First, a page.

Sylacauga marble a topic at Auburn University symposium
by Emily Adams
The city is seeing returns from its efforts to increase awareness of Sylacauga’s white marble as it partners with various entities around the state. The 2013 Marble Festival, set for April 9-20, is expected to be the biggest and best yet. Pictured is the Imerys Gantts Quarry observation site off of Fayetteville Road that opened earlier this year.
SYLACAUGA – The city is beginning to see significant returns from its ongoing efforts to increase awareness about the history and uses of Sylacauga’s white marble.

The Marble Committee, which has hosted the annual Marble Festival since 2009, has developed relationships with Auburn University and the University of Alabama to promote the festival and its core purpose of celebrating marble’s artistic, commercial and industrial applications.

Among other projects, Sylacauga marble will be a topic during a symposium at Auburn University called “Becoming Alabama: This Godly Land” on Jan.25 and 26. Ted and Shirley Spears as well as sculptor Craigger Browne and author Ruth Beaumont Cook will present on the topic Jan. 26 at 10 a.m. at the Auburn University Hotel and Conference Center. The conference focuses on the geographic diversity of the state through different lenses. Marble Festival director Ted Spears said the symposium is a great opportunity for Sylacauga.

“We are purposefully going to feature Ruth Cook and Craigger Browne,” he said. “We want to get across the message that Sylacauga is important, marble is important, Ruth is important, Craigger is important and the rest of us are just a supporting cast.”

The University’s College of Liberal Arts has also selected Sylacauga marble as a study topic for students, who will be researching its history and making recommendations on how to improve the Marble Festival. An intern based at B.B. Comer Library will research these topics beginning in January.

“It’s a source of internships for them, and it will also benefit us,” Spears said. “We have gone and met with the students and professors and everyone is thrilled about it.”

In addition, marble is tentatively set to be the focus of a documentary by the University of Alabama’s award-winning series “Discovering Alabama.” Some footage has already been shot for the show, but a completion date is not yet set, Spears said. It will be titled “From Earth to Art” and showcase the economic impacts of the marble industry as well as marble’s many purposes.

On other fronts, accomplished Birmingham-based author Cook is currently working on a comprehensive book about the city’s marble, its history and its revival. Also, a curriculum on Alabama marble created by several local educators is now being taught in Sylacauga, Fayetteville and Sycamore schools and is expected to expand to other school systems.

“We are branching out to other areas, because that aspect of Alabama history has been lost,” Spears said. “It’s real important, and yet there was nothing in the curriculum about Alabama marble, but there is now. We think we’ve revived it.”

The fifth annual Marble Festival, scheduled for April 9-20, is taking shape as well. The event is expected to be bigger than ever after what was considered a breakthrough year last year. Participation in most every event was higher than anticipated and attracted many visitors from around and outside of the state.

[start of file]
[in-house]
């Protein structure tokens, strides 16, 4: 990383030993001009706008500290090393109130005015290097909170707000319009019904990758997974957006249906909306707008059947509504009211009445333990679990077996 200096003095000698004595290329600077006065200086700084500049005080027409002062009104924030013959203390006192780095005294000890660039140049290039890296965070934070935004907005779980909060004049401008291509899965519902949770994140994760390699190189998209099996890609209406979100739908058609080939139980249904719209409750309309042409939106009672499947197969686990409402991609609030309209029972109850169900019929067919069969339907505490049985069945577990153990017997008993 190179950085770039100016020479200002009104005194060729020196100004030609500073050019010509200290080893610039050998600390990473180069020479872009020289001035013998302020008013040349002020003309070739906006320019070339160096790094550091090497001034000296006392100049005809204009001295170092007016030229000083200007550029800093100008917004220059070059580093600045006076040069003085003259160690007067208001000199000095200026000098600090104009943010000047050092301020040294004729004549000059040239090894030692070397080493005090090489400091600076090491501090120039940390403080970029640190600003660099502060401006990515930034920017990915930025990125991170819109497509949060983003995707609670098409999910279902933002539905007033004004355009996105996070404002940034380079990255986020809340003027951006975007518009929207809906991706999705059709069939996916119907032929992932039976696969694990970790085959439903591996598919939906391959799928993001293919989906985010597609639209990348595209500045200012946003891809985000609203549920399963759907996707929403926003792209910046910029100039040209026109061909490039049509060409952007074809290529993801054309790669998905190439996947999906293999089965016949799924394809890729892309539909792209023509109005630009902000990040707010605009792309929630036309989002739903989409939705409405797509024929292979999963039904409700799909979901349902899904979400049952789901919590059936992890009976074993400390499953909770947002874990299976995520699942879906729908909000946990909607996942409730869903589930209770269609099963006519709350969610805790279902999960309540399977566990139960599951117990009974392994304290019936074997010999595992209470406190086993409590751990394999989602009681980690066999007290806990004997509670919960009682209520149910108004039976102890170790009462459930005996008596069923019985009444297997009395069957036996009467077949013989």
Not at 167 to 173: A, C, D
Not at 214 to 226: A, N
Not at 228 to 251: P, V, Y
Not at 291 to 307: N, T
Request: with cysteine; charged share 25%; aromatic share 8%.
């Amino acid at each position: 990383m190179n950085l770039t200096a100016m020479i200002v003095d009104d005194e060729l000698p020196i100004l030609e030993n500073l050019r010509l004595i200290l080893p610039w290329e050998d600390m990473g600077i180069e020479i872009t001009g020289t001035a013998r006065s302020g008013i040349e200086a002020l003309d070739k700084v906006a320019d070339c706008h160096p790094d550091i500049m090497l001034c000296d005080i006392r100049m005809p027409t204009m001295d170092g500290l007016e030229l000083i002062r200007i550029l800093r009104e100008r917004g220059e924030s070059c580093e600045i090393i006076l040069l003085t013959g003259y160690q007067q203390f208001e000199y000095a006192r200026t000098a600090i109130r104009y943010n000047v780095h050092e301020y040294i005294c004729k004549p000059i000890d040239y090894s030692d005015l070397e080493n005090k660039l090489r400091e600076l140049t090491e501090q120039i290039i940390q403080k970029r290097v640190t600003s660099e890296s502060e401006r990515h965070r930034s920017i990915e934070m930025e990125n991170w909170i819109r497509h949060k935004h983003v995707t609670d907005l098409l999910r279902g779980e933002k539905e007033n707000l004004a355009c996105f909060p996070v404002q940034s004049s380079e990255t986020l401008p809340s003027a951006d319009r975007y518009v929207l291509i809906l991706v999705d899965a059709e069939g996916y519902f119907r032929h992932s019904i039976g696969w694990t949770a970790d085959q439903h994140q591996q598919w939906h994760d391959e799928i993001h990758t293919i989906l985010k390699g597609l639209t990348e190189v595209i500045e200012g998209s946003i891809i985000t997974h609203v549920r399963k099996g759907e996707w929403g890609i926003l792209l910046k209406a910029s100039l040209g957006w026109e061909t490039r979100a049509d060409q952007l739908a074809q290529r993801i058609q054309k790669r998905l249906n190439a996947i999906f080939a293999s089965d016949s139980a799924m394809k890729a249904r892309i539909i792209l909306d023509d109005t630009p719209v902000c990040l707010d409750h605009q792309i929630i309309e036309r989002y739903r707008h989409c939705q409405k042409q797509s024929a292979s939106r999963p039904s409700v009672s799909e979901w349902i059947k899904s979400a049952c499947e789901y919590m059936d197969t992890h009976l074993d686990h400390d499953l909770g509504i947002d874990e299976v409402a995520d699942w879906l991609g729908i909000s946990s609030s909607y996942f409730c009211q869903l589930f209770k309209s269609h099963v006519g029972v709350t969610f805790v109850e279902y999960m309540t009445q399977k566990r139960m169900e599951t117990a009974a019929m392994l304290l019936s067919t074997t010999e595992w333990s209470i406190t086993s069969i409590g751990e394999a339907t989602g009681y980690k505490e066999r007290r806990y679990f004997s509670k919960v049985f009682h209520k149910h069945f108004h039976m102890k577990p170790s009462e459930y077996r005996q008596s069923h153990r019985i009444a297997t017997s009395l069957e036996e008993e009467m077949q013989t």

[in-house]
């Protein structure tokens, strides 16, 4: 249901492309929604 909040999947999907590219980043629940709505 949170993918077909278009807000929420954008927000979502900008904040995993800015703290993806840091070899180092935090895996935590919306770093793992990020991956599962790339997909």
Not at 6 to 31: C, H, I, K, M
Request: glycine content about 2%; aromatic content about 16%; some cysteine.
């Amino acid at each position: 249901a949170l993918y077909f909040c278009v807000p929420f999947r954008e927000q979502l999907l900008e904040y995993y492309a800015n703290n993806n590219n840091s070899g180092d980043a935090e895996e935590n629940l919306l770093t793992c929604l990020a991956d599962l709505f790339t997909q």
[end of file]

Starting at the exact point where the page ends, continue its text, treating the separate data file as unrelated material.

The momentum continued throughout the year with the completion of Craigger Browne’s “Sylacauga Emerging” sculpture at City Hall and the opening of the Imerys Gantts Quarry observation point in May. The site off Fayetteville Road has made way for people to revisit a history that is important to the community and the marble industry, Spears said.

“Every time I go by, there are people from around the state, outside the state or even outside the nation who are fascinated by it,” he said.

This year, the festival will add more marble quarry tours of the three major marble companies, Imerys, OMYA and Alabama Marble Company, and an increased number of visiting sculptors are expected to attend. Last year, 18 marble sculptors set up camp in Blue Bell Park for two weeks to carve pieces of white marble, and some have promised to return with friends.

Many of the pieces sculpted during the festival are on display at Comer Library, part of the Marble Committee’s effort to increase the prominence of the rock throughout the community. Since the festival’s foundation, two large sculptures have been placed in front of City Hall along with numerous other sculptures inside City Hall, the library and other buildings.

Other festival events will include the annual favorites “Taste of Sylacauga,” Jazz Night, marble scavenger hunt, Mayor’s Reception, marble product displays and the Nemak 5K Run.

Additionally, Sylacauga has been added to the list of travel sites by the Italian embassy in Miami, Fla., as it celebrates the “Year of Italian Culture” in America.

Spears said all of these efforts are pursued with two goals in mind.

“No. 1, it’s to celebrate the re-emergence of Sylacauga marble and second, to make sure the artistic portions of marble are not forgotten and lost,” he said. “I want people to understand how important the marble industry is to this area. It’s the only thing we’ve had here since 1840. Textiles, cotton gins, fertilizer, automotives all came and left, but marble is the thread that runs so true to everything that goes on in this community.”

For more information on the festival or marble, contact Spears at 256-249-0961.

Contact Emily Adams at

© 2012